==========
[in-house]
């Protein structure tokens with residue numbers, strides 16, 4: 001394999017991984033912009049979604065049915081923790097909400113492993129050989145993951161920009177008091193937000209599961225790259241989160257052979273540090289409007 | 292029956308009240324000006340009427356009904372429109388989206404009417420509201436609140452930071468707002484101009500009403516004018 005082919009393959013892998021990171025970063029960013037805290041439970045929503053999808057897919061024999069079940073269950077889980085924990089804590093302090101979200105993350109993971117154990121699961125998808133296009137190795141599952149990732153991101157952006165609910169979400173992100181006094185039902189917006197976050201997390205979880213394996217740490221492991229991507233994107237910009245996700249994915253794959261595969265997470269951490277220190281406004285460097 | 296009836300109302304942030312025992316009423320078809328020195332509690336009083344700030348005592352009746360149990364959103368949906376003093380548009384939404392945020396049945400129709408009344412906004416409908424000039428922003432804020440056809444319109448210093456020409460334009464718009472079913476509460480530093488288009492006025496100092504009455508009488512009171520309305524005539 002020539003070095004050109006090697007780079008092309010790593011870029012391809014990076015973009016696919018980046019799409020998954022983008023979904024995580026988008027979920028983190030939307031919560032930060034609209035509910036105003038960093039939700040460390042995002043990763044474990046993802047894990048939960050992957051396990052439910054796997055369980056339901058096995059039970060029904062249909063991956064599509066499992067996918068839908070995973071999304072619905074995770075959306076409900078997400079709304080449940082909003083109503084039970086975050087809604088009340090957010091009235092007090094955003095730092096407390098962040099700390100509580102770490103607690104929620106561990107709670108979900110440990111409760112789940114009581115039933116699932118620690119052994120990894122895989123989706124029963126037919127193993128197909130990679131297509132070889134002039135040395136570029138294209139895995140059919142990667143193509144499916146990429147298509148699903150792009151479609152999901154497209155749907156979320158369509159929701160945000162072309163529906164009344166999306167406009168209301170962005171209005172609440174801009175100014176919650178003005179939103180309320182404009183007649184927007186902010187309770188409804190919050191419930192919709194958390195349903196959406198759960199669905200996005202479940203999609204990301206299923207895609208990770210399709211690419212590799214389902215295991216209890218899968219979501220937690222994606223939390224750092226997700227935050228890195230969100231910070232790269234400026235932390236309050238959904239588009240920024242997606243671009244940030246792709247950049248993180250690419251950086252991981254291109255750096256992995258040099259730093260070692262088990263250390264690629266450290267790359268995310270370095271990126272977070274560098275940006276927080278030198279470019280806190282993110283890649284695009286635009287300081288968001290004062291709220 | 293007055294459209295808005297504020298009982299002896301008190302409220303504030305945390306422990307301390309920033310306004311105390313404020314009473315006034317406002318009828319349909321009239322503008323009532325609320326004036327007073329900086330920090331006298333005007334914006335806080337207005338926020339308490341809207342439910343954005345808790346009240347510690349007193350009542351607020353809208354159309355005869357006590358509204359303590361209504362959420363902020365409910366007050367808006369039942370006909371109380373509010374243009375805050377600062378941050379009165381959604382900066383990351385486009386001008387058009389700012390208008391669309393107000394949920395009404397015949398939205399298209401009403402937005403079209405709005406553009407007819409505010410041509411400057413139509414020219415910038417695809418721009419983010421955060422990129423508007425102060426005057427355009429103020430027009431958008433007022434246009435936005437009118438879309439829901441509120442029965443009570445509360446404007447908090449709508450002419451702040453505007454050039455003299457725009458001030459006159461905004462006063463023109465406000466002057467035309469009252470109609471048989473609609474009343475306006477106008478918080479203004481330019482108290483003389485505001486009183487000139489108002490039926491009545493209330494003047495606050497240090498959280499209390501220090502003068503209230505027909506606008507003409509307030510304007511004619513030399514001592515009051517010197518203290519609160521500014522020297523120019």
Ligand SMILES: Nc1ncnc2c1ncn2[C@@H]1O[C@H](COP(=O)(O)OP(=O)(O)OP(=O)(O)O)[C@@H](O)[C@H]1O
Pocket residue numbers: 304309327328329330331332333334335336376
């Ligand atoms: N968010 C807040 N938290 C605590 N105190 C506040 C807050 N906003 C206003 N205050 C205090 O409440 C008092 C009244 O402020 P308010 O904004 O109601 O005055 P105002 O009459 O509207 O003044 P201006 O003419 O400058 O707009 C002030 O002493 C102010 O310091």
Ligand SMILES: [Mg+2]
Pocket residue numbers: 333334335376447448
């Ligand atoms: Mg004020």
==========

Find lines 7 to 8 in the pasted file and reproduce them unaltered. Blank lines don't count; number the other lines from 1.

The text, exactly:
Pocket residue numbers: 333334335376447448
């Ligand atoms: Mg004020």